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Jochen Holz Passes the Torch

With his new solo show, titled Superficies, the German artist tests the rich possibilities of the lampworking glass technique

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Text by Rab Messina
Photography by courtesy of Flow

In fourteenth-century Murano, glass manufacturers would use oil-fueled lamps to melt glass; once malleable, the artisans would blow and shape the material. Today, the few makers who still use the lampworking technique recur to torches with butane, propane or natural gas to work with glass.

One of them is London-based German artist Jochen Holz, who is showcasing a series of objects made via lampworking. In Superficies, an exhibition taking place in Notting Hill’s Flow Gallery, he focuses on “the materiality of borosilicate glass and a unique process to produce rich textures and complex shapes.”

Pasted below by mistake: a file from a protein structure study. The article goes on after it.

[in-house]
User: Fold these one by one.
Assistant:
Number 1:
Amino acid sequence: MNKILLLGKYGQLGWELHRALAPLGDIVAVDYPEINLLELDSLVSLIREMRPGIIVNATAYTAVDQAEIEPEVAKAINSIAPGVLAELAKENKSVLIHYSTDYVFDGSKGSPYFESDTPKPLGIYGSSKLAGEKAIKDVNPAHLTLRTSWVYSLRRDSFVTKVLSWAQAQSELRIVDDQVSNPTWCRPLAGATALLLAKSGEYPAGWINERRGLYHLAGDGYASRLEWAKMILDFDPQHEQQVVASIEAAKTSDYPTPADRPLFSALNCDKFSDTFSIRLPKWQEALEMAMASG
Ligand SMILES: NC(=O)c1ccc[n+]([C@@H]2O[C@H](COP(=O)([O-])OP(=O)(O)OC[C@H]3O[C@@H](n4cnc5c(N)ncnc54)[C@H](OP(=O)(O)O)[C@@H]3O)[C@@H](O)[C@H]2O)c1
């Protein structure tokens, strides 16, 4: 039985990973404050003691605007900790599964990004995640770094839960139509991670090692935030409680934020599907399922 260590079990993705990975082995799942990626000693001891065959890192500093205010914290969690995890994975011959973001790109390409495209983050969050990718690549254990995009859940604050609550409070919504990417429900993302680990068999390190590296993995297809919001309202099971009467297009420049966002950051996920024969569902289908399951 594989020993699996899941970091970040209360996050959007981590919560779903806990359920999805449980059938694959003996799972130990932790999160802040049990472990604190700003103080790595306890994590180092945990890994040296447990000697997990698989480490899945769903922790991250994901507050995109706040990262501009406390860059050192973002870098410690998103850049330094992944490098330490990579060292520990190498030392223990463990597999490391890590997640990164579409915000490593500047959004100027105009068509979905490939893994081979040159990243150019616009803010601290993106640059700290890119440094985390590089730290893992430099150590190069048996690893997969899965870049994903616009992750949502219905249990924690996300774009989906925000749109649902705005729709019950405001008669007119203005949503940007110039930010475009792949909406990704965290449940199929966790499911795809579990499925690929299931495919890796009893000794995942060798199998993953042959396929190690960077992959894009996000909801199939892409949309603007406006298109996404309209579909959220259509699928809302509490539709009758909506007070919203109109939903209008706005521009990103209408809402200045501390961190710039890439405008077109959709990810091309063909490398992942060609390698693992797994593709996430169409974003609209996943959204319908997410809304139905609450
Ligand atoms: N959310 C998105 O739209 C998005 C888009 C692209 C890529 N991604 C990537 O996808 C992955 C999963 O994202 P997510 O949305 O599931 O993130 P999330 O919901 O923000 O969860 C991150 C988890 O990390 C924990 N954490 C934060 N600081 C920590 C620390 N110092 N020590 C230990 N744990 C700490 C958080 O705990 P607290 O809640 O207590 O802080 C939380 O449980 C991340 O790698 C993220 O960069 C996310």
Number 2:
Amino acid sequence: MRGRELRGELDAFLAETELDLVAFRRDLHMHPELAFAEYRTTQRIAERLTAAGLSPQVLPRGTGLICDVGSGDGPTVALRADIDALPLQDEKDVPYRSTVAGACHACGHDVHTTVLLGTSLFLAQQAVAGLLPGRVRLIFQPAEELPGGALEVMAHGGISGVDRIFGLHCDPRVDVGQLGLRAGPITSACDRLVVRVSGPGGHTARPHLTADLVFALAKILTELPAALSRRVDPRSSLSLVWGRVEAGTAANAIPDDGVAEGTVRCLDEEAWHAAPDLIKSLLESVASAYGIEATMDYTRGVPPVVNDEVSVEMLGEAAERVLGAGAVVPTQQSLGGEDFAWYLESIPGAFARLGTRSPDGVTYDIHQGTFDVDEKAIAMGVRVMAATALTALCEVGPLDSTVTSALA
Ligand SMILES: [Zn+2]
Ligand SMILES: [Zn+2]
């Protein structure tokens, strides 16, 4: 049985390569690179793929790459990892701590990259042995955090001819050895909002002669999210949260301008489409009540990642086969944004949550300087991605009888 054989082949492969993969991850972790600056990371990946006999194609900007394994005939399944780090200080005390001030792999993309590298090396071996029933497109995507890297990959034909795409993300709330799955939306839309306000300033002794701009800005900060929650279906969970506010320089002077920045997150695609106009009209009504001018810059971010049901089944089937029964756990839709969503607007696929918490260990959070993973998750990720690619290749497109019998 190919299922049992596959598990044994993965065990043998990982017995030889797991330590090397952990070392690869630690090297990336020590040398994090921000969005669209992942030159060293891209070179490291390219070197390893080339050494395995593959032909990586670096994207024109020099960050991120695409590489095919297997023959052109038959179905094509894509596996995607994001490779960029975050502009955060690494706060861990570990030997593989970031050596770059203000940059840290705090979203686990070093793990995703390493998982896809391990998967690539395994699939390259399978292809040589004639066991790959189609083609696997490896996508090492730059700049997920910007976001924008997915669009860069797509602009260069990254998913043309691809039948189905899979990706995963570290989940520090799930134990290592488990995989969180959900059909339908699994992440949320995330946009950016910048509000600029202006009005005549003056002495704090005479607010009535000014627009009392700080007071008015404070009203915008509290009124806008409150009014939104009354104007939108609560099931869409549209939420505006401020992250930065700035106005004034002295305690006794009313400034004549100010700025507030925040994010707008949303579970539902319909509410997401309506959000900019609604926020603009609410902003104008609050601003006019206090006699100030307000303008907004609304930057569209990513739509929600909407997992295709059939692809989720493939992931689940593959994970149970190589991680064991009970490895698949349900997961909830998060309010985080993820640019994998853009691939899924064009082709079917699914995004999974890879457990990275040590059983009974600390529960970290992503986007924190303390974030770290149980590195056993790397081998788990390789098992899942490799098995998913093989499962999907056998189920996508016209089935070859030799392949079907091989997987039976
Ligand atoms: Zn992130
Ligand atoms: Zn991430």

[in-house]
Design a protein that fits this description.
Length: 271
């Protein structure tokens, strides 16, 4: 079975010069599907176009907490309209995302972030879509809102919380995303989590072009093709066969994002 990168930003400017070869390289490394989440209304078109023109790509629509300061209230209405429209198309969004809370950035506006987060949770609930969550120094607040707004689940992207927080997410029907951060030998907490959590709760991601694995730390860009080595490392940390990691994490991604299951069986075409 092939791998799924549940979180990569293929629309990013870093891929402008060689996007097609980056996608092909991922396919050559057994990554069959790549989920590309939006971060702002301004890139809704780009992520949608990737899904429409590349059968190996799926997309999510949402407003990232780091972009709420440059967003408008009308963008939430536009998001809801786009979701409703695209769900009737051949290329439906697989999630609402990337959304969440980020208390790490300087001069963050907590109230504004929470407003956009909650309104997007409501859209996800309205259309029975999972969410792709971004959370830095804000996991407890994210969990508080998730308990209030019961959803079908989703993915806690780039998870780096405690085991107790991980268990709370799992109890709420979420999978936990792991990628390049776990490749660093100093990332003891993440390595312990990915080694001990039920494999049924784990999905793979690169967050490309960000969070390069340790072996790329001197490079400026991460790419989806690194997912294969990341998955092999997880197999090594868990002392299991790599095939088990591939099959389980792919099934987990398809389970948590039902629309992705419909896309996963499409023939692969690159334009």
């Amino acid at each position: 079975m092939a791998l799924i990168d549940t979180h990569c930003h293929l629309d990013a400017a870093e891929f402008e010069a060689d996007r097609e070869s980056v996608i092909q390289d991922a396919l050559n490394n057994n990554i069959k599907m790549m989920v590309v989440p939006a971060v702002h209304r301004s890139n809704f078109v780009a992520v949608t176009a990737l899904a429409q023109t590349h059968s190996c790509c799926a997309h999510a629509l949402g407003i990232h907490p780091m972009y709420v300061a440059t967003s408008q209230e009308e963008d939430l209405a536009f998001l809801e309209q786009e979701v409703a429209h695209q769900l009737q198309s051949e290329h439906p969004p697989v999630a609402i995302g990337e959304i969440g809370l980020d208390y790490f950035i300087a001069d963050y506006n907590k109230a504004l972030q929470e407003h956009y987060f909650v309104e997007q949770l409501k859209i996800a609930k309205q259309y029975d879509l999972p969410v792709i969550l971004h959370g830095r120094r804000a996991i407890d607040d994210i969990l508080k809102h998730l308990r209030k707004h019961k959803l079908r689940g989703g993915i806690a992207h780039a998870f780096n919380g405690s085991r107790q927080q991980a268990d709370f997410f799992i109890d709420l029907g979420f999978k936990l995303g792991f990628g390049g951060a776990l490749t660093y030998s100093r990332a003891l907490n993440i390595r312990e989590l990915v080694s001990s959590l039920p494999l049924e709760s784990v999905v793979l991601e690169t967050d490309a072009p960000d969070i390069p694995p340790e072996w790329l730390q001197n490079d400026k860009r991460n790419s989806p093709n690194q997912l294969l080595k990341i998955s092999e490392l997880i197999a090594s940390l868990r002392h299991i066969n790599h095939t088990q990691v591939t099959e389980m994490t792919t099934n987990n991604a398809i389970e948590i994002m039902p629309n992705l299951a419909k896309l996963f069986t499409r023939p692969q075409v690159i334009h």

Among those shapes are striped containers with concave windings that look, upon first inspection, like blowing mistakes. Quite the contrary: they’re actually premeditated —he jokingly calls them his wobbly glass vases. “Glass is often seen as a material of ultimate perfection, valued for its highly polished transparency and vibrant colours,” Holz explains. “I aim to disrupt this perfection and to break down the pristine nature of glass.”

Coming from someone who has previously experimented with cheese graters to beautifully and cheekily alter the surface of glass objects, we’d say he has indeed succeeded in his disruptive plans.

Superficies is on display at Flow until June 30

jochen holz
jochen holz
jochen holz
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